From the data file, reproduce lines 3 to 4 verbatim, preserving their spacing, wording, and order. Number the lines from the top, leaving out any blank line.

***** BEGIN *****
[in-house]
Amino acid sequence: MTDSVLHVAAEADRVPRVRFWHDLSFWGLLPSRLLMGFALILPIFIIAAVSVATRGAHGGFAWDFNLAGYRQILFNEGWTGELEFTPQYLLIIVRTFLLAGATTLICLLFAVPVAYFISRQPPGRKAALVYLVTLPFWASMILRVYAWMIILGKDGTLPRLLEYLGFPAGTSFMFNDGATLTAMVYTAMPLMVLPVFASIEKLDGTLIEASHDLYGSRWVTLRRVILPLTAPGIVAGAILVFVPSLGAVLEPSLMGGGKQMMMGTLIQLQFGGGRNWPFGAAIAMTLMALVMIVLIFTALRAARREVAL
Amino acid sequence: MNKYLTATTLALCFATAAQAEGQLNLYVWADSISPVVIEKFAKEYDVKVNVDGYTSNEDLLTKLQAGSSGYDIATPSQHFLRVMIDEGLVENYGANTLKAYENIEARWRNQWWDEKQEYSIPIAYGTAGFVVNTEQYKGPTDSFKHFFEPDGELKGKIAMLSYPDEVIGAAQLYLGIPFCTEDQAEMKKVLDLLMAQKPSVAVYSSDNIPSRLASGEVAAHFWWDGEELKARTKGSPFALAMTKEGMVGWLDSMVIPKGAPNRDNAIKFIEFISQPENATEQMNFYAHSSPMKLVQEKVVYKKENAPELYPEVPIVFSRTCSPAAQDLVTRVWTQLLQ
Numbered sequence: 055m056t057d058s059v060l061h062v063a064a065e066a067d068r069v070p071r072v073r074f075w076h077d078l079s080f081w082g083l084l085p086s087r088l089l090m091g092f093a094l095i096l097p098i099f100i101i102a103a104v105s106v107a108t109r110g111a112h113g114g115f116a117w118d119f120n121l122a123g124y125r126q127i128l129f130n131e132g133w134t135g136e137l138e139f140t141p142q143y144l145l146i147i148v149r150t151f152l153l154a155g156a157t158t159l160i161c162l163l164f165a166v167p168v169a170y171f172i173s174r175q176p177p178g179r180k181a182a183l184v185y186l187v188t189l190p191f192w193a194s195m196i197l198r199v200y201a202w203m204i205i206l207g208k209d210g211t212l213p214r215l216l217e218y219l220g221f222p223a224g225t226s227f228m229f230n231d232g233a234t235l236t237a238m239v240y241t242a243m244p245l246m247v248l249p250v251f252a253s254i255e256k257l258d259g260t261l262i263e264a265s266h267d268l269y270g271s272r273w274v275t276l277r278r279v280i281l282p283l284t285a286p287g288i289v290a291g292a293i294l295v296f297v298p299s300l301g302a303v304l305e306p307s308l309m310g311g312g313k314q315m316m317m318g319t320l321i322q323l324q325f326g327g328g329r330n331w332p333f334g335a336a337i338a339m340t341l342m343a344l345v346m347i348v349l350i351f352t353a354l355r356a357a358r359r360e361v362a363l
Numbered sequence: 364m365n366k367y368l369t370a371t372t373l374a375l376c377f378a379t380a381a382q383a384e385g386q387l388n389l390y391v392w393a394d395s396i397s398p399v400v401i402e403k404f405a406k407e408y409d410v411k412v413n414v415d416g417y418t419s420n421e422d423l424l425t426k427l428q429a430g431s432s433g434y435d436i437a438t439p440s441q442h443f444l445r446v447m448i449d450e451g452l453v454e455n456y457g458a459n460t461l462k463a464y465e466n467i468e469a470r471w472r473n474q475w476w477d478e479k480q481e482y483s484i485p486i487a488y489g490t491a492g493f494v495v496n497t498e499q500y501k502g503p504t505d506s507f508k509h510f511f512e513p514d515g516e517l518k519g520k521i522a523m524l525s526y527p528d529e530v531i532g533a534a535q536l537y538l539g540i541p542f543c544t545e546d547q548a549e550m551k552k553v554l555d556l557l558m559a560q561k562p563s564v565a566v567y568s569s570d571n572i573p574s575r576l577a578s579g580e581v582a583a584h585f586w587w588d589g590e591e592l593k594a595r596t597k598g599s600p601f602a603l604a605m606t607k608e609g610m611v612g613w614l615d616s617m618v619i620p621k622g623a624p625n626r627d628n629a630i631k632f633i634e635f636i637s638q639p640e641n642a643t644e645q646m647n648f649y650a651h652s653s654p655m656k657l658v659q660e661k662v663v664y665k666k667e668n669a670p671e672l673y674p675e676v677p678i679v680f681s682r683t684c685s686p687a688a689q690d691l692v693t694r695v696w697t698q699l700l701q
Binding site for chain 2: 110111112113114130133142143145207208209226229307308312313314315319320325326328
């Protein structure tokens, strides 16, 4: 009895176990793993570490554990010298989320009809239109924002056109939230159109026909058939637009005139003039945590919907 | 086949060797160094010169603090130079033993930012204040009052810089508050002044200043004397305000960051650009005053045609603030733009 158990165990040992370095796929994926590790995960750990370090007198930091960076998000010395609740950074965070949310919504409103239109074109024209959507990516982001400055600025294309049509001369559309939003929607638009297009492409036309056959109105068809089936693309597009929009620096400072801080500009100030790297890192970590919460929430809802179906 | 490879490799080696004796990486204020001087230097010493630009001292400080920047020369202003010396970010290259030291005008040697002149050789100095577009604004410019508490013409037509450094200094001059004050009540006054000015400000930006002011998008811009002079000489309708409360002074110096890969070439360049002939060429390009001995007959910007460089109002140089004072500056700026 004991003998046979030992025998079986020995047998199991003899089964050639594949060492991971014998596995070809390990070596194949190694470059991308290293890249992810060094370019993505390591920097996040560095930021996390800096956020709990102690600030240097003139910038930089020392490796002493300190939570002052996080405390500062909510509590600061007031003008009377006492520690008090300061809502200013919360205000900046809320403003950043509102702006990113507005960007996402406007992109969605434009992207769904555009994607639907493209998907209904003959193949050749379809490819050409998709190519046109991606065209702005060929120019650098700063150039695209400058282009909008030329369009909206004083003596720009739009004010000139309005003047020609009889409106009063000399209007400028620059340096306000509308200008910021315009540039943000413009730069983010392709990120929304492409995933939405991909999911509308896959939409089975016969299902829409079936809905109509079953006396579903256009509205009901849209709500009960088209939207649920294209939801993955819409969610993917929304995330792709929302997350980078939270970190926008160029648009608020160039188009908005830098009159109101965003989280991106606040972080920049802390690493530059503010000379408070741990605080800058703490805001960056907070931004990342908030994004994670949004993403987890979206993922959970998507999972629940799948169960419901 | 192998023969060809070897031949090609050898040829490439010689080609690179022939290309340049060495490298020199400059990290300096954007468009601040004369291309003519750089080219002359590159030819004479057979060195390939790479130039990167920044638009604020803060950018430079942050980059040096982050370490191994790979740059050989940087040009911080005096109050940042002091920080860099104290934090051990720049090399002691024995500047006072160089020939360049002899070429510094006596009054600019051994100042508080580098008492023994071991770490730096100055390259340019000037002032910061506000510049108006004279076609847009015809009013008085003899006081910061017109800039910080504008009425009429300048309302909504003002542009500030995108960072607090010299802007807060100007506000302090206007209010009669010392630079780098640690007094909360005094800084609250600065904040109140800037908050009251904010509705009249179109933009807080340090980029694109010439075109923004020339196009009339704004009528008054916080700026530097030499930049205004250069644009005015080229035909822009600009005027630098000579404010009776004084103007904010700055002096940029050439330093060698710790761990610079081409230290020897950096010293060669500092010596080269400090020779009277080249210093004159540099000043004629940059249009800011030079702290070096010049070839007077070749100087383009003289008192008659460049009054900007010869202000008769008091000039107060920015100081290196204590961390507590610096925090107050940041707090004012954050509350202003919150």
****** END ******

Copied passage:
Amino acid sequence: MNKYLTATTLALCFATAAQAEGQLNLYVWADSISPVVIEKFAKEYDVKVNVDGYTSNEDLLTKLQAGSSGYDIATPSQHFLRVMIDEGLVENYGANTLKAYENIEARWRNQWWDEKQEYSIPIAYGTAGFVVNTEQYKGPTDSFKHFFEPDGELKGKIAMLSYPDEVIGAAQLYLGIPFCTEDQAEMKKVLDLLMAQKPSVAVYSSDNIPSRLASGEVAAHFWWDGEELKARTKGSPFALAMTKEGMVGWLDSMVIPKGAPNRDNAIKFIEFISQPENATEQMNFYAHSSPMKLVQEKVVYKKENAPELYPEVPIVFSRTCSPAAQDLVTRVWTQLLQ
Numbered sequence: 055m056t057d058s059v060l061h062v063a064a065e066a067d068r069v070p071r072v073r074f075w076h077d078l079s080f081w082g083l084l085p086s087r088l089l090m091g092f093a094l095i096l097p098i099f100i101i102a103a104v105s106v107a108t109r110g111a112h113g114g115f116a117w118d119f120n121l122a123g124y125r126q127i128l129f130n131e132g133w134t135g136e137l138e139f140t141p142q143y144l145l146i147i148v149r150t151f152l153l154a155g156a157t158t159l160i161c162l163l164f165a166v167p168v169a170y171f172i173s174r175q176p177p178g179r180k181a182a183l184v185y186l187v188t189l190p191f192w193a194s195m196i197l198r199v200y201a202w203m204i205i206l207g208k209d210g211t212l213p214r215l216l217e218y219l220g221f222p223a224g225t226s227f228m229f230n231d232g233a234t235l236t237a238m239v240y241t242a243m244p245l246m247v248l249p250v251f252a253s254i255e256k257l258d259g260t261l262i263e264a265s266h267d268l269y270g271s272r273w274v275t276l277r278r279v280i281l282p283l284t285a286p287g288i289v290a291g292a293i294l295v296f297v298p299s300l301g302a303v304l305e306p307s308l309m310g311g312g313k314q315m316m317m318g319t320l321i322q323l324q325f326g327g328g329r330n331w332p333f334g335a336a337i338a339m340t341l342m343a344l345v346m347i348v349l350i351f352t353a354l355r356a357a358r359r360e361v362a363l